San Diego Housing Market News and Analysis
Articles that I have written for VoiceofSanDiego.org, a local news publication that provides continuing coverage of San Diego housing and economic issues.
Submitted by Rich Toscano on September 27, 2006 - 1:49pm
People now widely acknowledge the once-blasphemous: that the housing market can slow, that home prices can decline, and that both of the above are happening here and now. But we are a cheerful people, apparently, and such admissions are often quickly followed with the disclaimer that the housing market should be back in action soon enough.
Take, for instance, the following quote from El Cajon Councilman Gary Kendrick, as appearing in a recent U-T article on El Cajon's stalled condo conversion market. Mr. Kendrick is singled out only because this is a very typical example of the many similar proclamations I've heard expressed by assorted authority figures in recent times. Says Gary:
Well, maybe I'm singling him out a little bit because that last line is so priceless. You may wish to record it for future generations to enjoy.
Submitted by Rich Toscano on September 20, 2006 - 11:25am
Yesterday, Scott Lewis wrote a great piece on the logical inconsistencies of some of the the city's affordable housing efforts.
One such policy, while having escaped Scott's truculent attentions, nonetheless deserves to be highlighted as especially irrational. It is described in a recent Daily Transcript piece called "Sanders seeks action on affordable housing" (subscription required):
...the [San Diego Housing Commission] is continuing its efforts to expand homeownership through the creation of two new, first-time homebuyer programs...
Giving people money to buy houses artificially stimulates housing demand (sorry, "expands homeownership"), the effect of which is to render housing less, not more, affordable. It's effectively a government subsidy for the housing bubble and entirely the wrong way to approach the problem.
Submitted by Rich Toscano on September 13, 2006 - 8:44pm
Now that this month's housing data has arrived, I thought it would be a good time to briefly review the trouble with the "median price" as a measure of real estate pricing power.
Many observers, noting that the median home sale price was 2.2 percent lower in August 2006 than in August 2005, would assume that the typical home is now worth 2.2 percent less than it was a year ago. But this assumption is not necessarily correct. Because while the median price is a decent measure of how much the typical buyer paid, it does not tell us what that typical buyer got for the money.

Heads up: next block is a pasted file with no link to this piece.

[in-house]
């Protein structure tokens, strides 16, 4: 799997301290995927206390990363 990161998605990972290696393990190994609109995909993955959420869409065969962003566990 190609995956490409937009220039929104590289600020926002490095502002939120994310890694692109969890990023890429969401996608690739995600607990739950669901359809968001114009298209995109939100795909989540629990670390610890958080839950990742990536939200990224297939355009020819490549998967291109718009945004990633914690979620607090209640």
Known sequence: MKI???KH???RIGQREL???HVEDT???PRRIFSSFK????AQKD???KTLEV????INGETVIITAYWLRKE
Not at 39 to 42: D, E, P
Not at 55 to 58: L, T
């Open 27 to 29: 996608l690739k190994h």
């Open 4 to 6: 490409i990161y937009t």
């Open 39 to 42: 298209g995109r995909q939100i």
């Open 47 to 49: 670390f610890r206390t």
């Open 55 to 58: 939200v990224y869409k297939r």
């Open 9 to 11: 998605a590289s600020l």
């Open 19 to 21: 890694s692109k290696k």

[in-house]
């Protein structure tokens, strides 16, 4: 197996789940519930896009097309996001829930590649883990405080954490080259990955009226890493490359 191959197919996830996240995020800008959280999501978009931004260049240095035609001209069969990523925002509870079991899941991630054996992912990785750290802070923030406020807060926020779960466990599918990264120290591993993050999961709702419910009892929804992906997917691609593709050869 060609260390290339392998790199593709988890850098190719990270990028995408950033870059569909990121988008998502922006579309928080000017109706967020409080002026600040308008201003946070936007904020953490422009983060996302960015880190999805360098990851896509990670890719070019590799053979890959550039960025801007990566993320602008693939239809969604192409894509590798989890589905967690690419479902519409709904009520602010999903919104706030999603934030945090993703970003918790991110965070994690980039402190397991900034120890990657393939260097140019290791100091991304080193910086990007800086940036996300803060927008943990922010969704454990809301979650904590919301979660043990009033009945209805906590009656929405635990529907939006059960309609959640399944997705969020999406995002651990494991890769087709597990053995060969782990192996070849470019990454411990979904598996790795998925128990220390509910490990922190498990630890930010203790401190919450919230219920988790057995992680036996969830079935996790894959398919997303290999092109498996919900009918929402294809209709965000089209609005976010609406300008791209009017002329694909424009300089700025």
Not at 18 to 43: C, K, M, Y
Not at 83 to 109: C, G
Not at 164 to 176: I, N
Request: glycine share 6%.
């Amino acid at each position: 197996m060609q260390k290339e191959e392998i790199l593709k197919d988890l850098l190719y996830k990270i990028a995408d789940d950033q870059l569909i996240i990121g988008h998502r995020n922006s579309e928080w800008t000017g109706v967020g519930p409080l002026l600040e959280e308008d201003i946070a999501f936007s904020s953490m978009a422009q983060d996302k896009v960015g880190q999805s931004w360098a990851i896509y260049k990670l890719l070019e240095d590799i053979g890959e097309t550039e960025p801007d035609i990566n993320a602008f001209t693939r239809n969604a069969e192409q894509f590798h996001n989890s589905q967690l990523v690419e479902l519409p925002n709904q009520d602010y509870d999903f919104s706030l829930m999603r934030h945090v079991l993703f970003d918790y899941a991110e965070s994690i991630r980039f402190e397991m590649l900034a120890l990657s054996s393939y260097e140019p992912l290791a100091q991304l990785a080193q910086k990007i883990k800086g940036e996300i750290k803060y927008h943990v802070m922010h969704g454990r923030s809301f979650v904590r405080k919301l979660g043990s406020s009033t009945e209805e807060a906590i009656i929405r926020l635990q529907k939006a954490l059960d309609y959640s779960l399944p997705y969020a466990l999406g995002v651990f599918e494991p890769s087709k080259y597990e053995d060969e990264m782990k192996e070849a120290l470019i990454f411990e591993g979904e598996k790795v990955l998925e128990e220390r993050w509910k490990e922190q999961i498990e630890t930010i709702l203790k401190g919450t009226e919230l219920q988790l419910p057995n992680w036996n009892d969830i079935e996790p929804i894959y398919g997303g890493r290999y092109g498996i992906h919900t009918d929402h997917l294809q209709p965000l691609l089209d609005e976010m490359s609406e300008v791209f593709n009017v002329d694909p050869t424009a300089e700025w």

When it comes to measuring actual changes in home market values, the median price can be thrown off by the following:
Submitted by Rich Toscano on September 7, 2006 - 7:22pm
The plot thickens. Or maybe it... thinnens. I don't know. The point is that the folks at the San Diego Chamber of Commerce have gotten to the bottom of our recent mystery about why their population data differed so much from that of the Census Bureau. Yet their answer has only raised another question.
The Chamber's Rachel Laing elaborates:
Submitted by Rich Toscano on September 6, 2006 - 9:27am
As a follow-up to the prior post ("Job Dissection"), I wanted to zoom in on the past year and have a look at how the various industries have fared more recently. The results are found in the accompanying chart.
Construction is up 3 percent from last year. This makes sense--as housing demand erodes, developers are scrambling to finish their construction projects sooner rather than later.
Submitted by Rich Toscano on September 4, 2006 - 11:44am
A longstanding premise of mine has gone as follows: to argue that housing will continue to flourish because of San Diego's strong economy is circular reasoning, because in reality the economy owes much of its purported strength to the housing boom.
I thought it would be fun (that's right, fun) to chart out some of the characteristics of San Diego's job market during the big housing boom. I have designated as my starting point the year 2000, chosen primarily and somewhat arbitrarily as a "neutral" year for residential real estate. The depths of the mid-90s housing bust were well behind us, housing mania was still a couple of years away, and home valuations were in the middle of their historic range. San Diego's housing market was, in other words, neither too hot nor too cold. It was just right.
Submitted by Rich Toscano on August 25, 2006 - 3:45pm
As I recently tooled around the San Diego Chamber of Commerce website, I came across a document called the "San Diego Economic Bulletin: Forecast 2005 & 2006." This document is a gold mine of the kind of local data that causes a nerd like me to mewl with delight.
But my delighted mewling turned to confused mewling as I read the section on population growth.
The first accompanying chart indicates the U.S. Census Bureau's take on who's coming and going in San Diego. (Readers who are particularly interested or lonely can find the gigantic Census Bureau spreadsheet here.)
Submitted by Rich Toscano on August 24, 2006 - 5:25pm